SCVS Main Site  |  Past & Future Symposia
Society For Clinical Vascular Surgery

Back to 2023 Abstracts

Complicated Versus High-risk Patients Undergoing Thoracic Endovascular Aortic Repair For Acute Type B Aortic Dissection
Amanda Filiberto, MD, Christopher Jacobs, M.D., Brian Fazzone, MD, Erik Anderson, MD, Jonathan Krebs, MD, Gilbert Upchurch, MD, Michol Cooper, MD.
University of Florida, Gainesville, FL, USA.

Background: Recently the SVS and STS published contemporary guidelines clearly defining complicated vs uncomplicated type B aortic dissections (TBADs) with an additional high-risk grouping. Few studies have evaluated outcomes associated with “high risk” vs “complicated” TBADs. The objective of this study was to assess differences in demographics, clinical presentation, symptom onset, and outcomes in patients undergoing thoracic endovascular aortic repair (TEVAR) for acute complicated and high-risk TBADs. Methods: Patients undergoing TEVAR (n=101) for acute complicated and high-risk TBADs from a single academic medical center were analyzed. Per STS/SVS 2020 guidelines, high-risk was defined as refractory pain/hypertension and complicated was defined as ruptured/malperfusion presentation. The primary end-point was inpatient mortality. Secondary end-points included complications, re-intervention and survival. Logistic regression was used for risk-adjusted comparisons and life-table methodology estimated freedom from end-points. Results: 63 patients (63%) were classified as complicated (C-TBAD) and 38 patients (38%) were classified as high risk (HR-TBAD). There were no differences in age, sex or time from onset of symptoms. C-TBAD had significantly increased ASA, risk of any complication (70 vs 50%,p=.046) and mean complications (1.2 vs 0.63, p=.003) yet similar re-intervention rates. Importantly, there were no inpatient or 60-day deaths in HR-TBADs while there was a significant increase in C-TBADs at 21% (p=.002) and 25%(p=.004), respectively. C-TBADs had poorer long-term survival at 70, 65 and 61% at 1,3 and 5-years vs 100, 93 and 88%,p=.002(Figure 1). On multivariate regression, the strongest independent predictor of mortality was cardiovascular disease(HR 5.6,CI 2.3-14,p<.001) followed by C-TBAD status (HR 5.1,CI 1.5-18,p.01). Conclusions: Consistent with the newly updated STS/SVS guidelines, patients with acute complicated TBADs undergoing TEVAR have poorer perioperative and long-term outcomes compared with those TBADs with high-risk features. These findings may improve preoperative surgical risk stratification and patient counselling.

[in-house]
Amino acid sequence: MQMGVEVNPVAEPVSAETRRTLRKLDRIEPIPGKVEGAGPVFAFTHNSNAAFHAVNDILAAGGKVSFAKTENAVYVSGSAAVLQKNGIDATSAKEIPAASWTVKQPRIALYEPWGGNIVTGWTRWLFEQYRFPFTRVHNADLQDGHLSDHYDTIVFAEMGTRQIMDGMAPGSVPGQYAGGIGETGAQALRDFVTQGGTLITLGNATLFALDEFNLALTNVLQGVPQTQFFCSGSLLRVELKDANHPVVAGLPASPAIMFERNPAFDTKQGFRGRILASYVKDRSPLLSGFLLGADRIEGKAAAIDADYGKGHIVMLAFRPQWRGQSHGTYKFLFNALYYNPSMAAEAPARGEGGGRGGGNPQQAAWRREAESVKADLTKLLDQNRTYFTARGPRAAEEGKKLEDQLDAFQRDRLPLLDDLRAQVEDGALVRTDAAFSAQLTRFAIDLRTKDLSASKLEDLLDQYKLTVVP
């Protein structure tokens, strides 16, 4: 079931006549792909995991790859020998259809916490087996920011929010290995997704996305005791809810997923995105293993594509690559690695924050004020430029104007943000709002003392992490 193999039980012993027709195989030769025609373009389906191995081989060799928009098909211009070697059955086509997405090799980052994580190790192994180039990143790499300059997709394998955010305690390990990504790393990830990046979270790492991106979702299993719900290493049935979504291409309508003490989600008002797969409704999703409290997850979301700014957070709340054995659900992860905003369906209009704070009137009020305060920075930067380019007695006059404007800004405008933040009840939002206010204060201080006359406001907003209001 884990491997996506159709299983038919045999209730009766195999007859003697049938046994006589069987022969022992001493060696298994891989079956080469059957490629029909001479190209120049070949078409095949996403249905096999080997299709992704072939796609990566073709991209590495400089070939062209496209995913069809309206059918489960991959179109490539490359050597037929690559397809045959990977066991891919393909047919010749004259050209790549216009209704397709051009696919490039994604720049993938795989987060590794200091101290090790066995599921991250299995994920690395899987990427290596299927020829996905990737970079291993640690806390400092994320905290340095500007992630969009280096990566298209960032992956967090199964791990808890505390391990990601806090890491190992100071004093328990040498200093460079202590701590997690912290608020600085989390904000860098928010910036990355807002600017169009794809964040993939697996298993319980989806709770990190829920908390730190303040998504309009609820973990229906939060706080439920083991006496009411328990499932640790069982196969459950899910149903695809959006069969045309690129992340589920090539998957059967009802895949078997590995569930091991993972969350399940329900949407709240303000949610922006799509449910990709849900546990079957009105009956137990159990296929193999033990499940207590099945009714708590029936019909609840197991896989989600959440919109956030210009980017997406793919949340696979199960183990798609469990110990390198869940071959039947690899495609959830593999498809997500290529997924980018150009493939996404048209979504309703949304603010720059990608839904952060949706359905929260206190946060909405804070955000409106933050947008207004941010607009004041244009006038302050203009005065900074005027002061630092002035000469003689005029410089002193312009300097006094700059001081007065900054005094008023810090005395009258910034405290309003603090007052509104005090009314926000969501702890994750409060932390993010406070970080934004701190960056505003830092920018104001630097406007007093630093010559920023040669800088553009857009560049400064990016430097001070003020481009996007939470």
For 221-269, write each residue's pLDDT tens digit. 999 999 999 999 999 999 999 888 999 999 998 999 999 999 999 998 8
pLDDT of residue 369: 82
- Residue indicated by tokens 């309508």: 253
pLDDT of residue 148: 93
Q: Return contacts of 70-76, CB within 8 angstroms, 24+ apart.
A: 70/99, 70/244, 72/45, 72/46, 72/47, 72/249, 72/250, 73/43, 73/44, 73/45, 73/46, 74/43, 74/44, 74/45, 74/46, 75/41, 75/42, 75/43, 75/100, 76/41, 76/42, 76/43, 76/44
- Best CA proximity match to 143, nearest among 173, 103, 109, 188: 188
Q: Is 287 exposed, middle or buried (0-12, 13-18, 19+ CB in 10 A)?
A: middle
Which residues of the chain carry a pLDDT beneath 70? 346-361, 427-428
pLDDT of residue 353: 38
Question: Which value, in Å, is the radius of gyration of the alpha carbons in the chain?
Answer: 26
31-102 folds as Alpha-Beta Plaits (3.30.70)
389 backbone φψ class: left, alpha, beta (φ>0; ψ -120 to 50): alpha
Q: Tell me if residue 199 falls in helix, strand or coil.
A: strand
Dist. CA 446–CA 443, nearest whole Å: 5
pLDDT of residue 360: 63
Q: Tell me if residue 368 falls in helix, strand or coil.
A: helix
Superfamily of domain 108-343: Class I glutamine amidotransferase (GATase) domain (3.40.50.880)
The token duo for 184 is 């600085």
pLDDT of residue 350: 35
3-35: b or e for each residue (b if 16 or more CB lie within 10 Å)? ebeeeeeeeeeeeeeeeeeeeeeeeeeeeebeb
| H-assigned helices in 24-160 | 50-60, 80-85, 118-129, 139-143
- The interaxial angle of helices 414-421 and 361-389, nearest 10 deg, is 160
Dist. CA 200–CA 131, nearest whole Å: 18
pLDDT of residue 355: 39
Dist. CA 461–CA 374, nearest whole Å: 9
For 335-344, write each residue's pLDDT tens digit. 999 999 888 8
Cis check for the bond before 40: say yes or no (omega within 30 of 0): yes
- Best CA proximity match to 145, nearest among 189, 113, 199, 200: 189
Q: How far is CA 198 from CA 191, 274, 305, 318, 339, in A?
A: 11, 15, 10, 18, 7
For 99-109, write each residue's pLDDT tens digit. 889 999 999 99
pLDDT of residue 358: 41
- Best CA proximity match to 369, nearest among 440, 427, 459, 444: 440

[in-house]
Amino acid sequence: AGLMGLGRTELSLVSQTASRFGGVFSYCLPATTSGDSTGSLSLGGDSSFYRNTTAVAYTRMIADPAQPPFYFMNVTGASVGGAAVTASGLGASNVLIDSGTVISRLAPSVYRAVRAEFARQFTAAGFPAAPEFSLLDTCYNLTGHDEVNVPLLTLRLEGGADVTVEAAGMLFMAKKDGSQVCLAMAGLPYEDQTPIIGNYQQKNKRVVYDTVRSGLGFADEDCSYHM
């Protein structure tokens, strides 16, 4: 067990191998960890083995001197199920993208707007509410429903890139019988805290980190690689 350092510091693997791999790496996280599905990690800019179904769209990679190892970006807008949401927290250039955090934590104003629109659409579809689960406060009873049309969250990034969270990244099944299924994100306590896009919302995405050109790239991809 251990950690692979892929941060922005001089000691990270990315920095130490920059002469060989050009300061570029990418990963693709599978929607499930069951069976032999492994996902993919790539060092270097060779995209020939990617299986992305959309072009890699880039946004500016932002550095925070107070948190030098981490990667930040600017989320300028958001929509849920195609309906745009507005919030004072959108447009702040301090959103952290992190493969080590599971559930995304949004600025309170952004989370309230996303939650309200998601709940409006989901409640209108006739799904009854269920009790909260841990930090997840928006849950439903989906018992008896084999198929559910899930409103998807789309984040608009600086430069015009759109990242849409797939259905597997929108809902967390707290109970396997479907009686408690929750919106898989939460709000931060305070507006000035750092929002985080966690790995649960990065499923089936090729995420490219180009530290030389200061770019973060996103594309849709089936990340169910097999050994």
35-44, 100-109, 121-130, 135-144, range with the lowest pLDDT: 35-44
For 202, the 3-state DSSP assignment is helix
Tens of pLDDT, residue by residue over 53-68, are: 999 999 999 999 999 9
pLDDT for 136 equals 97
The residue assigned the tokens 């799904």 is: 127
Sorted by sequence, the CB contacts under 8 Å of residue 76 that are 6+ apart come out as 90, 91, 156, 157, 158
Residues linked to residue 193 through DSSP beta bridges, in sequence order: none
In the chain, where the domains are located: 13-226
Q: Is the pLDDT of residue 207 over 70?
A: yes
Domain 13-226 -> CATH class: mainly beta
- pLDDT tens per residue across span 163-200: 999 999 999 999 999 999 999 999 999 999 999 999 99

Table I. Patient characteristics

DemographicsComplicated (n=63)High-risk (n=38)p-value
Age, mean (SD)57.7 (12.4)59.1 (13.0).590
Female Sex, n (%)13 (20.6)10 (26.3).625
Preop BMI24±722±5.09
ASA Class.018
3E9 (14.5)9 (23.7)
4E42 (67.7)29 (76.3)
5E11 (17.7)0 (0)
Time from onset symptoms (median, [IQR])5 (2, 24)5 (2, 36).914
LOS, days (median, [IQR])12 (9, 22)11.5 (7, 15).08
Any complication44 (70)19 (50).046
Mean complications1.2±1.10.63±0.81.003
Cardiac complications7 (11.1)2 (5.3).48
Renal complications13 (20.6)2 (5.3).044
Gastrointestinal6 (9.5)2 (5.3).71
Neuro9 (14.3)5 (13.2)1
Pulmonary15 (23.8)4 (10.5).12
Reintervention, n (%)11 (17.5)11 (29.0).22
Mortality, n (%)
Inpatient13 (21.0)0 (0).002
60-day16 (25.4)0 (0).004

ASA, American Society of Anesthesiology classification; CAD, coronary artery disease; COPD, chronic obstructive pulmonary disease; CHF, congestive heart failure

Back to 2023 Abstracts